☞ Names Matter
By webmink on Oct 09, 2009
"Open core tries to find a middle ground between proprietary software and free software, but it reaps the benefits of neither and inherits the problems of both." While the narrative leaves room for questions, the point - that open core neglects key benefits of open source and can lead to fighting with your own community if they get too eager - is spot on.
Whatever the legal standing of a Swiss corporation trying to control the behaviour of an Australian citizen with photographs taken in China (and this article suggests it is marginal-to-non-existent), the very fact the IOC has bothered to issue the letter to my friend Richard is a ridiculous abuse of authority and the petty tyrant who thought to do it should be ashamed of bringing the Olympics into disrepute by an attack on a customer and supporter. I hope President Lula is watching closely (I bet the UK Labour government is applauding and installing extra surveillance to prevent a recurrence in London 2012).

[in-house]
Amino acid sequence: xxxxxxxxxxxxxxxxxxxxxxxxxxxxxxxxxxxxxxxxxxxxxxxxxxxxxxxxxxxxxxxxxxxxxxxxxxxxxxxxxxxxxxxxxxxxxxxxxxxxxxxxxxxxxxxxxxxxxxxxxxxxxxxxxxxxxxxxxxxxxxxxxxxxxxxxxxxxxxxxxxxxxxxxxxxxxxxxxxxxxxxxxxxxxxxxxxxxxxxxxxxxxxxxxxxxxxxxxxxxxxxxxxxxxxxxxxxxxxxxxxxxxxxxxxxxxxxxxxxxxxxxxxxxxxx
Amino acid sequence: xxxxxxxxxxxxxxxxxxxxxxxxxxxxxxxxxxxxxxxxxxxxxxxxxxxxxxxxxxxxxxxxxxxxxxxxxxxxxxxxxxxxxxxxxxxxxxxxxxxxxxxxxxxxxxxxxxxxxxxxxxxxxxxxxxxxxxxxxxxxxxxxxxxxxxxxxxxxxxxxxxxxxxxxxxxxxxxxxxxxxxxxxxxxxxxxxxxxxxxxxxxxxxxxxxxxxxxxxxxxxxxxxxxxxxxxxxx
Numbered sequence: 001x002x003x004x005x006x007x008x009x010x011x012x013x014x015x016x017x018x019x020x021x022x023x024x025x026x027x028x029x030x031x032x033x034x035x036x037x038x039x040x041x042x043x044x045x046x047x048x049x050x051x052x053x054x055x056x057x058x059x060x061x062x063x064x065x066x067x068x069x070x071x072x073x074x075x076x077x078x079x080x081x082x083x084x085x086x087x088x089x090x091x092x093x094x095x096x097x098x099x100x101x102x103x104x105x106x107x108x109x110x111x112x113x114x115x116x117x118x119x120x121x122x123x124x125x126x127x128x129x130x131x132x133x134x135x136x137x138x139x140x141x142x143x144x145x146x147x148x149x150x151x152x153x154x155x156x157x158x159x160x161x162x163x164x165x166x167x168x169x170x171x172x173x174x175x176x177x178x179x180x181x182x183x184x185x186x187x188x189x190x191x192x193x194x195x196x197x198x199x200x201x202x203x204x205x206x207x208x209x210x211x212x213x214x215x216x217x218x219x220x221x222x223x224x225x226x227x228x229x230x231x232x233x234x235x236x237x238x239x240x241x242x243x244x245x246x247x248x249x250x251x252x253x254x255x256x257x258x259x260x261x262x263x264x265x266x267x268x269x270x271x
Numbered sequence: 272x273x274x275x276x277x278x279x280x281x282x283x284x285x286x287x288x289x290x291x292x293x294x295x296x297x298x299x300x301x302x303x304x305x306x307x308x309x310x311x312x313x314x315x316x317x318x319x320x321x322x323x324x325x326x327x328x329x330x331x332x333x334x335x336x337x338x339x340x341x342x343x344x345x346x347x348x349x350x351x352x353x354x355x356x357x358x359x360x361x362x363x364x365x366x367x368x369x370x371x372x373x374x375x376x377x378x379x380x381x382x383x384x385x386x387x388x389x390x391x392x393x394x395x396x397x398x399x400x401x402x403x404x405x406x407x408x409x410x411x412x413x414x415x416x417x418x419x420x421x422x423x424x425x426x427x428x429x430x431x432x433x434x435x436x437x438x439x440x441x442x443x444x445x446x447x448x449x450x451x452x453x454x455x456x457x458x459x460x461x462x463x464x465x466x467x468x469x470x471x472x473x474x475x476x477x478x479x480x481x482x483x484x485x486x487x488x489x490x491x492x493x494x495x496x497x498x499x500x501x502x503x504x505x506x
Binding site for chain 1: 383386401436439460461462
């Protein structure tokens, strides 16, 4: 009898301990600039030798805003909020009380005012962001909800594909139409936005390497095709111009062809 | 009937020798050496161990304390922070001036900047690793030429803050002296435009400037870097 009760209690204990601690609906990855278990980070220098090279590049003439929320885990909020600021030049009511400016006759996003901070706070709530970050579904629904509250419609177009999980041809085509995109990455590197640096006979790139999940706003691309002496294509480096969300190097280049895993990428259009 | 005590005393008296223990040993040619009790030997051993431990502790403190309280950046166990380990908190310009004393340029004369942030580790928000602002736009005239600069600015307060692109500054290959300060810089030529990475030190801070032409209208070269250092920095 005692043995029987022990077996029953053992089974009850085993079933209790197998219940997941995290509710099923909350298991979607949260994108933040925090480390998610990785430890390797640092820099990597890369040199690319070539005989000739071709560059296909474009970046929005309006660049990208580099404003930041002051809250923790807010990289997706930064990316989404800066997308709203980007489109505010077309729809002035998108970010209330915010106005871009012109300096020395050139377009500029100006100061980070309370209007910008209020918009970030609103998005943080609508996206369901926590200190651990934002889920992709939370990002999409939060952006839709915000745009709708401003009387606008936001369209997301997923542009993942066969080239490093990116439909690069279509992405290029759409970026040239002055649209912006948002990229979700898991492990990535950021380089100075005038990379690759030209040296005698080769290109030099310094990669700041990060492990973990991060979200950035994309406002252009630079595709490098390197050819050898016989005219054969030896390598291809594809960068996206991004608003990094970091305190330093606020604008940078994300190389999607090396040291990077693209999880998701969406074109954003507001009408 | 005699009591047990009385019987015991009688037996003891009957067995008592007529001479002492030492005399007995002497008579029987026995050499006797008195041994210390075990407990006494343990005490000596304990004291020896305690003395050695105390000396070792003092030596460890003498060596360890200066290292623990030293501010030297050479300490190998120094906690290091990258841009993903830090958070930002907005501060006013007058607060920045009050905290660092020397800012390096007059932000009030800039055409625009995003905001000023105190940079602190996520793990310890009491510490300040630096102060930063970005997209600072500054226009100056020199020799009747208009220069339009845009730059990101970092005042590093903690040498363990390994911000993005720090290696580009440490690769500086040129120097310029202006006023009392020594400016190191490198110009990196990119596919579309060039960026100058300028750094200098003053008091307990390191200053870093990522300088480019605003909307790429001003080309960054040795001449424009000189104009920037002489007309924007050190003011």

DJ picks up the news. He's right this s nothing new. The difference this time is that it needs to actually become part of what OSI does on behalf of the community, rather than just general research and conversation. I hope we can gather together much of the work that has been done already and use it to fast-track this process.